I like that the alien plant just immediately owns up to what happened. “Yeah, I totally possessed this guy, sorry about that. Instinct, y’know? No hard feelings?”

It turns out that the entire story was narrated by the plant, who has now been returned to his home planet to dream about the time when he was a human being. It’s a pretty basic story, but I think the conceit of presenting it from the point of view of the alien plant – who is seemingly not at all malicious – elevates it a bit.

Well, we’ve established a brand new superhero to headline the anthology book. With Thor, we had his second adventure be a generic Cold War anti-communist thing even though that doesn’t really fit Thor. We should do something different with Ant-Man, right?


I do appreciate that they’ve trapped Ant-Man in pretty much the same way you might catch an insect running around your house. Oh, no, an overturned Solo cup! My weakness!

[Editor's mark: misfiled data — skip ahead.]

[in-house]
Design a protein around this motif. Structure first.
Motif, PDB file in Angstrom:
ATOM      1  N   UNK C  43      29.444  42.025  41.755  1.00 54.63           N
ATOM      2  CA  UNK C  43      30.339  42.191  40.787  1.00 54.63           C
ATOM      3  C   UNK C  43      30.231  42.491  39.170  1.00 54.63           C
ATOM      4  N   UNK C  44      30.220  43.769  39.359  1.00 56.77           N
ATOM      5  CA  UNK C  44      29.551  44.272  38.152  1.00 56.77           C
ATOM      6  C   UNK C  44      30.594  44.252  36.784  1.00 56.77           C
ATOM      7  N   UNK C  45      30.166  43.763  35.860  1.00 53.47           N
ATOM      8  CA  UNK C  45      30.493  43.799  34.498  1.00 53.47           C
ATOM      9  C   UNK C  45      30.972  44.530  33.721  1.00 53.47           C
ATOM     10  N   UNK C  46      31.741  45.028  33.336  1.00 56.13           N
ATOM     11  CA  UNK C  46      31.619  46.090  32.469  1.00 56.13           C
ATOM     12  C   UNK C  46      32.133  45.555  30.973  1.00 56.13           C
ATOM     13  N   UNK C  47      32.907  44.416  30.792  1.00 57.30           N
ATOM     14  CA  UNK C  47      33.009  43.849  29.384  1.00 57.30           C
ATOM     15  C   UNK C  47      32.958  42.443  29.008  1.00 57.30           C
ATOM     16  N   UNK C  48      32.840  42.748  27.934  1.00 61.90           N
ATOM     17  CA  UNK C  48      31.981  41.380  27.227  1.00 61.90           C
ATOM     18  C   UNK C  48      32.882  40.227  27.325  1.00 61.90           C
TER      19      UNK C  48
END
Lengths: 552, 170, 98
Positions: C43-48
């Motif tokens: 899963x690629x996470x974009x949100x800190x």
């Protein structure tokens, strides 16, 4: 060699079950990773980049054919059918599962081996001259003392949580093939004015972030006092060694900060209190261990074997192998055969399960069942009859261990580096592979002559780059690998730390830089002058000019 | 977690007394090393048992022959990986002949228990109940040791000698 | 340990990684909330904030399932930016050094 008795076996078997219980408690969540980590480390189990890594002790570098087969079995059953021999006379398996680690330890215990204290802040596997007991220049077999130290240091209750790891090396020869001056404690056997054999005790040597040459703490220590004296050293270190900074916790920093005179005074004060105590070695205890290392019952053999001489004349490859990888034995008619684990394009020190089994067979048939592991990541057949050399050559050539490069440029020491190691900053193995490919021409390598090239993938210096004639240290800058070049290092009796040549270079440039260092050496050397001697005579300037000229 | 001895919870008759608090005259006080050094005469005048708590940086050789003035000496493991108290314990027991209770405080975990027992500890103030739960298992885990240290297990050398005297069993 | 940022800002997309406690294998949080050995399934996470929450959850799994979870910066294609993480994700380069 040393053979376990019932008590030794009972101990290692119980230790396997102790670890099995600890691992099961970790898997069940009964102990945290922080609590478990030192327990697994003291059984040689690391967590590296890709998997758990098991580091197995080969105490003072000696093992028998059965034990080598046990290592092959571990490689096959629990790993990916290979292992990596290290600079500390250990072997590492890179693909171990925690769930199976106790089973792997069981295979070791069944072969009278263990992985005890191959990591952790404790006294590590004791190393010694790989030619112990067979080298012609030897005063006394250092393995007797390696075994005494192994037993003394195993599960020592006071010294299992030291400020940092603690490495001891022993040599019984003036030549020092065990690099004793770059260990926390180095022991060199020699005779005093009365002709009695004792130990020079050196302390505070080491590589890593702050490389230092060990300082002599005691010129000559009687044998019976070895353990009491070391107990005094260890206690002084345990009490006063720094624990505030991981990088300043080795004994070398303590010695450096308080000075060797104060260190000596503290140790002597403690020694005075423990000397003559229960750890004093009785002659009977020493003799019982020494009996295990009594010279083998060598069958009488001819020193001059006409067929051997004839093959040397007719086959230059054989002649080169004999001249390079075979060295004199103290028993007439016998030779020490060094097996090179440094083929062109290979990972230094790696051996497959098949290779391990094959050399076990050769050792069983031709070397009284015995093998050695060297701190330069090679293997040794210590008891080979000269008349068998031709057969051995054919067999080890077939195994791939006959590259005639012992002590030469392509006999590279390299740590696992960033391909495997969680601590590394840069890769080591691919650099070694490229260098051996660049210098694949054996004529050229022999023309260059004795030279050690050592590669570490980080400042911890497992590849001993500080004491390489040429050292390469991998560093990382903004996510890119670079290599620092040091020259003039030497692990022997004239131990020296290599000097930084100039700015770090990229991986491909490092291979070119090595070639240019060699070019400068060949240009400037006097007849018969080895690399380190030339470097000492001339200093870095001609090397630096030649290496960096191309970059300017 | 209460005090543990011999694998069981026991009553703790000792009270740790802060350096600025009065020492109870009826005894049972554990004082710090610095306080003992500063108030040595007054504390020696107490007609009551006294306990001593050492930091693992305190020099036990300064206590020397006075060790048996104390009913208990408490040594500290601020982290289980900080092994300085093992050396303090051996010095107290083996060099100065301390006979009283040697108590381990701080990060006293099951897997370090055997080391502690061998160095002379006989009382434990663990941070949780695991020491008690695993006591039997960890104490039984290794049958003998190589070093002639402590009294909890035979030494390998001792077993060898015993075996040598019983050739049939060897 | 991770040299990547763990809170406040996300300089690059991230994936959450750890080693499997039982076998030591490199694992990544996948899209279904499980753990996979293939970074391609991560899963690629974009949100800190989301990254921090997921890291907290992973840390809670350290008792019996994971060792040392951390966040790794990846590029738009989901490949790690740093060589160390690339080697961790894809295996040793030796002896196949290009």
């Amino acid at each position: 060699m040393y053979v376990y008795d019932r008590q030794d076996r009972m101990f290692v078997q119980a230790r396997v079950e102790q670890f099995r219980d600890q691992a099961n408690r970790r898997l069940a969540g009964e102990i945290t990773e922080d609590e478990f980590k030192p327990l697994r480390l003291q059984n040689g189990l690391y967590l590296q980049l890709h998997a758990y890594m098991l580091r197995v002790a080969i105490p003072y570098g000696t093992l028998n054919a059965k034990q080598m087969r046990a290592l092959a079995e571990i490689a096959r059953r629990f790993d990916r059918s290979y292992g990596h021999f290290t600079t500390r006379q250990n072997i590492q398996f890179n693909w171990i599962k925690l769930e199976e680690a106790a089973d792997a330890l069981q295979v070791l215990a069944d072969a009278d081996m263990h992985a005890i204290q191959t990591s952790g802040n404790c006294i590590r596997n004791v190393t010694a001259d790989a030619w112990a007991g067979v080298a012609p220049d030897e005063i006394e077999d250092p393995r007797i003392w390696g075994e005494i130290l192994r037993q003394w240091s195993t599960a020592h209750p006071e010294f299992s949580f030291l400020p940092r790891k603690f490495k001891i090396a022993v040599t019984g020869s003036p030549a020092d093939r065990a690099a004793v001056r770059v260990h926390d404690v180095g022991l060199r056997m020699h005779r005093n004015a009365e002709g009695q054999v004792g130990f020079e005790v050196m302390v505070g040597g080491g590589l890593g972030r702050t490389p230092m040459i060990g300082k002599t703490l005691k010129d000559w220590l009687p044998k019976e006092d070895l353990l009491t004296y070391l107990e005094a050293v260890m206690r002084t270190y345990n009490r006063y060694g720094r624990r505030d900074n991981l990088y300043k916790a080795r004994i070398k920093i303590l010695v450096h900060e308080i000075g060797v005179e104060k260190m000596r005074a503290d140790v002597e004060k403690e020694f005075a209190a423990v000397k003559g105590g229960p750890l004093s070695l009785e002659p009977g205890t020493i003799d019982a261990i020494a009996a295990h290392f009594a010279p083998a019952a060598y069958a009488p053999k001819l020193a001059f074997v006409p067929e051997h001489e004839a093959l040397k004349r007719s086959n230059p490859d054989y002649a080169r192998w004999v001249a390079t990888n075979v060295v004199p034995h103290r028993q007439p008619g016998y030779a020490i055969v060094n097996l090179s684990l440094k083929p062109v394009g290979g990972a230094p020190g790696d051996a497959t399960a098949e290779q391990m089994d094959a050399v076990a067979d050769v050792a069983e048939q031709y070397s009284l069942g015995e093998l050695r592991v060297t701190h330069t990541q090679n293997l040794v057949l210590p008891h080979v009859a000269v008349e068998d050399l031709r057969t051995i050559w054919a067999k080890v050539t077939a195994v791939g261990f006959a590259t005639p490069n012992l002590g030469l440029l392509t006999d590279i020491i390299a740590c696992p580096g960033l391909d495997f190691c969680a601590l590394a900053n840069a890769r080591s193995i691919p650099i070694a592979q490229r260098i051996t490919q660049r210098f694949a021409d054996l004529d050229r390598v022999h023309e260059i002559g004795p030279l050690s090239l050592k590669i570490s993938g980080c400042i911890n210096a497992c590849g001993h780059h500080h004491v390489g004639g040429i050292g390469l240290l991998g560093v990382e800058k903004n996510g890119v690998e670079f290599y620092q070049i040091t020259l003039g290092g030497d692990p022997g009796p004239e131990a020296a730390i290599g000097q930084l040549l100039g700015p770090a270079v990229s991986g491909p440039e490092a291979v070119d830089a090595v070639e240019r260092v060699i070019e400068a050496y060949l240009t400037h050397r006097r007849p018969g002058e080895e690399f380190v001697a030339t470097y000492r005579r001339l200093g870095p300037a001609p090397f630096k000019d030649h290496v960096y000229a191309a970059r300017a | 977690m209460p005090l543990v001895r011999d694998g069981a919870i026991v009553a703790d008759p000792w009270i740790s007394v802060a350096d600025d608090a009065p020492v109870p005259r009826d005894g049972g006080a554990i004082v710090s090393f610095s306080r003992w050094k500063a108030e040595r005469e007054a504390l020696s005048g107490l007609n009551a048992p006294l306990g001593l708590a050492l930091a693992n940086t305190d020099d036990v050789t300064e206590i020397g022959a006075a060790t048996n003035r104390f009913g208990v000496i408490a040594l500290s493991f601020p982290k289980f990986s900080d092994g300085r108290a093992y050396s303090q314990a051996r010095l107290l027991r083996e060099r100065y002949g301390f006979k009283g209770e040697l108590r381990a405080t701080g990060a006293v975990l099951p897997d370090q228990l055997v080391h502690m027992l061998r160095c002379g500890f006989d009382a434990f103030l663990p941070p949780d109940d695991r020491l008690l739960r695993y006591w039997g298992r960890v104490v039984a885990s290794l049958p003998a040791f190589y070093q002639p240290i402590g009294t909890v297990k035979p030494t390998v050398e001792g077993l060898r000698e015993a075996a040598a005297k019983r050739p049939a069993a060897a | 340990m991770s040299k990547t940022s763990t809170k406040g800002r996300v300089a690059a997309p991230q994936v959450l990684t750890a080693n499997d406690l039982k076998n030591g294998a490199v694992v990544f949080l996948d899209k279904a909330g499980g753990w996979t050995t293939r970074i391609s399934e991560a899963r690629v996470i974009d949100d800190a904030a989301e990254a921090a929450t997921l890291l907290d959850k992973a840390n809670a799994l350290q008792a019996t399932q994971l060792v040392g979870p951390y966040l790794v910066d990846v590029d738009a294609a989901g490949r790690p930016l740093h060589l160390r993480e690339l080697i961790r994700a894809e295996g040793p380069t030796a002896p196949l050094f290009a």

“Hey ant, check out this guy’s stupid mustache. What a loser.”

We open on Ant-Man freeing some bank robbers who accidentally got caught in the vault they were trying to rob, so they can be arrested. He can crawl into the lock to manipulate the tumblers, which is actually a pretty clever use of his power. This kind of makes me think of all the morally gray and questionable ways Ant-Man could use his powers, except we’re a while off from having that kind of character as a protagonist and making him interesting.

You know that we’re “behind the Iron Curtain” because there’s a giant portrait of what I think is supposed to be a yelling Khrushchev on the wall.

Sugar! Spice! And everything nice! These were the ingredients chosen to make the perfect little girls. But Professor Utonium accidentally added an extra ingredient… COMRADE X. And thus the Communist Girls were born!

We get a couple of pages recapping Ant-Man’s powers, and learn that he’s monitoring nearby police stations with ants who relay important information back to him.